For that reason alone this could be interesting. On the hand, it wouldn't surprise me if the Scottish Government chose not to fight the issue and agreed instead to burden the taxpayer with the cost of compensation. After all, to do otherwise would defeat their argument that passive smoking is a serious health risk, wouldn't it?

Update: Brian Monteith, who brought the story to my attention, writes: "I think this will run and run. It is of course a direct consequence of governments lazily accepting junk science to justify their control freakery. Now they will have to pay for the mistake - only we pick up the tab in the long run."


The benefits of gambling

Tonight, at the Institute of Economic Affairs in London, there's an event to mark the publication of Gambling: A Healthy Bet, a new report by the Democracy Institute.

Gambling is good for us, say the authors, Patrick Basham and John Luik. Writing for The Free Society today, Basham points out that:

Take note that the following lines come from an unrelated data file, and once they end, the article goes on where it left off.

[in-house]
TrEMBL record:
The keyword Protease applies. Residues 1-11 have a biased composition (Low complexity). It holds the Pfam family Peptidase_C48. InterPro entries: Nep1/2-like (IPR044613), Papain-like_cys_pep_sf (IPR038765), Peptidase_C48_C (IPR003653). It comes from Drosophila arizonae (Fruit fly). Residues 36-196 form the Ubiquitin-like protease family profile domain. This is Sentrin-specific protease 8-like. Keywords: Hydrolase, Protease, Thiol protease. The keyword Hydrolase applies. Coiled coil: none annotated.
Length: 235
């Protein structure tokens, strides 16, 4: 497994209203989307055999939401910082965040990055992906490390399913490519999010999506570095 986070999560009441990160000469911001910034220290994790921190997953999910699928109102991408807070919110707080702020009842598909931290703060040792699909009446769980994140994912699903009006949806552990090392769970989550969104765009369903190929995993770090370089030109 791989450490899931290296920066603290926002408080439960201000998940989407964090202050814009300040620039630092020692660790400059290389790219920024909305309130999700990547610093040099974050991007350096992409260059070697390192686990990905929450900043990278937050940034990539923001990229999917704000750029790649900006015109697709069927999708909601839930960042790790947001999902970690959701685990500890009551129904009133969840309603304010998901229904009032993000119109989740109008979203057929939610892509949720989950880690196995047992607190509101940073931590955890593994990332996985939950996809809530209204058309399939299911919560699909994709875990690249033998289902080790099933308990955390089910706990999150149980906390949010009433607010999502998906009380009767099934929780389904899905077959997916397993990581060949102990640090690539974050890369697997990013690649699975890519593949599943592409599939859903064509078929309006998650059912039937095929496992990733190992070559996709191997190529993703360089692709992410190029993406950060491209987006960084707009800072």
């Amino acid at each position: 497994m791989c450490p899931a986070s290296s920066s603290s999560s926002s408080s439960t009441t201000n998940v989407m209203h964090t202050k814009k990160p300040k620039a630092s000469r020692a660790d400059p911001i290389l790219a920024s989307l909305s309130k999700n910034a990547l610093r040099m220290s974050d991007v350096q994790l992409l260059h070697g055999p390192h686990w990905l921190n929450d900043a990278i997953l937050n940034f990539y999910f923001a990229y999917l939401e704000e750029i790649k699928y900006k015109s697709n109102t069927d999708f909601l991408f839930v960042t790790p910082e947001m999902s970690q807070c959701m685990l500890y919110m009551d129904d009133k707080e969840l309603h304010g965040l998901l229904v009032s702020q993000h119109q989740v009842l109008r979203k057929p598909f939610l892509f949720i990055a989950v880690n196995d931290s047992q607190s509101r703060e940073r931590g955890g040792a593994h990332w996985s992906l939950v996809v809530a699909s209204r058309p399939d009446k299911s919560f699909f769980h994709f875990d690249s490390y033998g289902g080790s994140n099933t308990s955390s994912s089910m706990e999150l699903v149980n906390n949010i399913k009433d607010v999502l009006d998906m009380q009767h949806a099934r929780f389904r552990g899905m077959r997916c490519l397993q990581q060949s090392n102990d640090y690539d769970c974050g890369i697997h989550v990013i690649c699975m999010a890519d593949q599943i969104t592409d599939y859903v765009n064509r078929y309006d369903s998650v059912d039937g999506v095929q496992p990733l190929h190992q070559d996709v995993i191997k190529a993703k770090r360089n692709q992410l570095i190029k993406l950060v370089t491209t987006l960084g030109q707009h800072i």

As of 2002, only one peer-reviewed scholarly journal article had been dedicated solely to the beneficial impacts of gambling on individuals. And there were no studies that dealt specifically with the potentially beneficial impacts of gambling on the gambler's proximal environment, defined as spouse, children, family, friends, and life at work, at school, or in the local community.

Gambling should be viewed for what it is. That is, commonplace behaviour practised responsibly by the vast majority of people in our society.

See: Is gambling the new opium of the people?

My own experience of gambling for money is limited to a handful of horse races and never spending more than I could afford to lose (usually around £5). I was never attracted to fruit machines (they're called one-armed bandits for a reason) and the current obsession with poker leaves me bemused. But good luck to those who enjoy it.